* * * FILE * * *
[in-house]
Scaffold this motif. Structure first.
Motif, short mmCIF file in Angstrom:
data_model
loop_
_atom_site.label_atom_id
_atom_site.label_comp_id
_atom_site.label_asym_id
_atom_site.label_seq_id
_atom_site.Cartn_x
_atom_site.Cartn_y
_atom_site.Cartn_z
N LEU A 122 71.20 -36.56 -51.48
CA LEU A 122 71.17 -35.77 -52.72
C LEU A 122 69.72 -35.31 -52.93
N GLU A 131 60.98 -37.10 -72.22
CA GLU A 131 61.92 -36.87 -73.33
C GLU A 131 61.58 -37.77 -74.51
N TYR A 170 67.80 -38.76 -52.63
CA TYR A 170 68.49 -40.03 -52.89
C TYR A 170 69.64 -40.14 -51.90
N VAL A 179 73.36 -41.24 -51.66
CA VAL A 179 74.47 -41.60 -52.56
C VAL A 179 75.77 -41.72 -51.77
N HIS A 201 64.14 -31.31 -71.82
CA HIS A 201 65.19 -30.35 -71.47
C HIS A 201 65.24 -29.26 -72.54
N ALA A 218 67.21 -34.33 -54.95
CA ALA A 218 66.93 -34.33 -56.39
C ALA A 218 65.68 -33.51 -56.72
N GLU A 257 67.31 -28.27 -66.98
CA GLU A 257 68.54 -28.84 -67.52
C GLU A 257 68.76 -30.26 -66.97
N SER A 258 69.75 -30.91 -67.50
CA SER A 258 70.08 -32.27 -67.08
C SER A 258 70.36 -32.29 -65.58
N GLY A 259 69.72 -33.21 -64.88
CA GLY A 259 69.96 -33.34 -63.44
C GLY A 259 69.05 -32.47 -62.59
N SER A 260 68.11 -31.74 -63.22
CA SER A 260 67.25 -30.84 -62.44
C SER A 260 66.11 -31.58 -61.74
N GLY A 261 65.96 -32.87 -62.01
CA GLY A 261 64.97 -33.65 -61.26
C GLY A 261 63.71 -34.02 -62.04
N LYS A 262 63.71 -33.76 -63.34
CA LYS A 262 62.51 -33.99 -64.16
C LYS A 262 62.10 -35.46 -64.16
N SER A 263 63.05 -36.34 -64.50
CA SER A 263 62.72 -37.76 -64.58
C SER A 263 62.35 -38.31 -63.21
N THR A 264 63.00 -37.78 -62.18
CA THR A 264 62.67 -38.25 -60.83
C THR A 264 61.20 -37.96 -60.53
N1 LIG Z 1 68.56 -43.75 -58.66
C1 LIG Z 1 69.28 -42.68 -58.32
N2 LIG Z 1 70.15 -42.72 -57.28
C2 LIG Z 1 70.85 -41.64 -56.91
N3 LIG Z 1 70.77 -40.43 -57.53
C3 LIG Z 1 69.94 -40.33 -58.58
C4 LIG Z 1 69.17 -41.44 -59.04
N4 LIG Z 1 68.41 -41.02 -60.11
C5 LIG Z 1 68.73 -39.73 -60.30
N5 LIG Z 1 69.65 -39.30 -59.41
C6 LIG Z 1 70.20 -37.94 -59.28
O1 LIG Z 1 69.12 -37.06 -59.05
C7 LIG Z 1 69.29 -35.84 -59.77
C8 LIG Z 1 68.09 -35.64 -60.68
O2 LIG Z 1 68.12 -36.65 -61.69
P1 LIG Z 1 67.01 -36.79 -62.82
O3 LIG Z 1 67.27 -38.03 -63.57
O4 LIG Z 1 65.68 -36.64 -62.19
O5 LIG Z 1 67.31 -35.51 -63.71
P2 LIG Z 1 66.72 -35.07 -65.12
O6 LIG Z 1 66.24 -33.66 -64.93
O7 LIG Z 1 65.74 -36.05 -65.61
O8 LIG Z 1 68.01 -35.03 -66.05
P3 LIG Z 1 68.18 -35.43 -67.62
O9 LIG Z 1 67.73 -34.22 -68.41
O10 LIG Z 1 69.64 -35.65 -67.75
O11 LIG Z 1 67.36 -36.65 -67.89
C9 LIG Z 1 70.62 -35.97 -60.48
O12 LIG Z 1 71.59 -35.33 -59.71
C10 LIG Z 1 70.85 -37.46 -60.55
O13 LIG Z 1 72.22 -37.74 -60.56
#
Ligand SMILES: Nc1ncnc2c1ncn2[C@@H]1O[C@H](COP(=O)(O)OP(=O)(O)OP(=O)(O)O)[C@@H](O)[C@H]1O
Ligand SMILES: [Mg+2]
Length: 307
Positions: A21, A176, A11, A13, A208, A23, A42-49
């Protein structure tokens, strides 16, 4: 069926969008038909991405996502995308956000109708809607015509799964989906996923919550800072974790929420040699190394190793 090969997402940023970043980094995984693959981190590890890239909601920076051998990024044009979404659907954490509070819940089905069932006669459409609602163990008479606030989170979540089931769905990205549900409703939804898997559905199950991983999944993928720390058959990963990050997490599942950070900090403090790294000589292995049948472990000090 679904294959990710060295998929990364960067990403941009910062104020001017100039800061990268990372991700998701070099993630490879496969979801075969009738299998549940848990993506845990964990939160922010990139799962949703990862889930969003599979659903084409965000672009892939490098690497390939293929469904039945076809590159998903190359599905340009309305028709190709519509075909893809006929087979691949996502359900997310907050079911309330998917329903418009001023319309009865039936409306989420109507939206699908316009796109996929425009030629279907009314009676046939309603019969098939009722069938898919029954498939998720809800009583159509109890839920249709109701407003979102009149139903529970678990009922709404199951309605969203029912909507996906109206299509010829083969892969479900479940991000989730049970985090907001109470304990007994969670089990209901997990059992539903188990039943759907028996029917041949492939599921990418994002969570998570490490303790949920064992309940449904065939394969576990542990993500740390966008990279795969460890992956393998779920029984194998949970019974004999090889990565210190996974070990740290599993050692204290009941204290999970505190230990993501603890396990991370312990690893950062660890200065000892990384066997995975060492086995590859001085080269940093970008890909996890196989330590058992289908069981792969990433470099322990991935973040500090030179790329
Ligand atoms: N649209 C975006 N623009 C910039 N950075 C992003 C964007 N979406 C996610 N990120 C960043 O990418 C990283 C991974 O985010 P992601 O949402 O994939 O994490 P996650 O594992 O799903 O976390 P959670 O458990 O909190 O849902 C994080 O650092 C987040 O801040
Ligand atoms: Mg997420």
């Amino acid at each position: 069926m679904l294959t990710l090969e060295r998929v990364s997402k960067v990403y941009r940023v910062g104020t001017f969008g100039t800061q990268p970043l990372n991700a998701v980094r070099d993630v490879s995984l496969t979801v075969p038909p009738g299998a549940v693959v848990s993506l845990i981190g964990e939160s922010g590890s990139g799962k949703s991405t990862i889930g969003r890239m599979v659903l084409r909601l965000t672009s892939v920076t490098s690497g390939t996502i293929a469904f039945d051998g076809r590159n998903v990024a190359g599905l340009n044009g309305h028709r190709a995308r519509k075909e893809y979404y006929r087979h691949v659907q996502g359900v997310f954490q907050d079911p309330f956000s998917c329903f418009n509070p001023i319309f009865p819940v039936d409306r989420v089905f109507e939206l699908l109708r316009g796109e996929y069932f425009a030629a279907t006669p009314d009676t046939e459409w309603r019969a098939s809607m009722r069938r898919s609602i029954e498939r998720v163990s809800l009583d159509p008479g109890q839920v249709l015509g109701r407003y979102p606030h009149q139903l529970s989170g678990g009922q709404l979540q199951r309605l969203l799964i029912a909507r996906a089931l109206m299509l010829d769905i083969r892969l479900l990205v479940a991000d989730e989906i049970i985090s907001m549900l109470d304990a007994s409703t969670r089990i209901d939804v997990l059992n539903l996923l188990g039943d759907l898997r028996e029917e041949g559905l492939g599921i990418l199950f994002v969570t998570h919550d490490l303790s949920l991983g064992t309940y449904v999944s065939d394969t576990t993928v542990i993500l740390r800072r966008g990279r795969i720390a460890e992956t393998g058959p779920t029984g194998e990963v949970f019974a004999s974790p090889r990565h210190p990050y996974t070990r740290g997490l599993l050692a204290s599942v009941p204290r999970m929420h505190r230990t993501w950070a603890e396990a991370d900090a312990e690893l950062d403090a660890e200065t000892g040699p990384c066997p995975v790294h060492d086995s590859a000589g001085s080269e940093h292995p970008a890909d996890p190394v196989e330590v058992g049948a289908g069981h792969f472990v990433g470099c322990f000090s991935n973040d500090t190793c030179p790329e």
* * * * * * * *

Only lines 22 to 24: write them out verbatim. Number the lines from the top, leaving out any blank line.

N VAL A 179 73.36 -41.24 -51.66
CA VAL A 179 74.47 -41.60 -52.56
C VAL A 179 75.77 -41.72 -51.77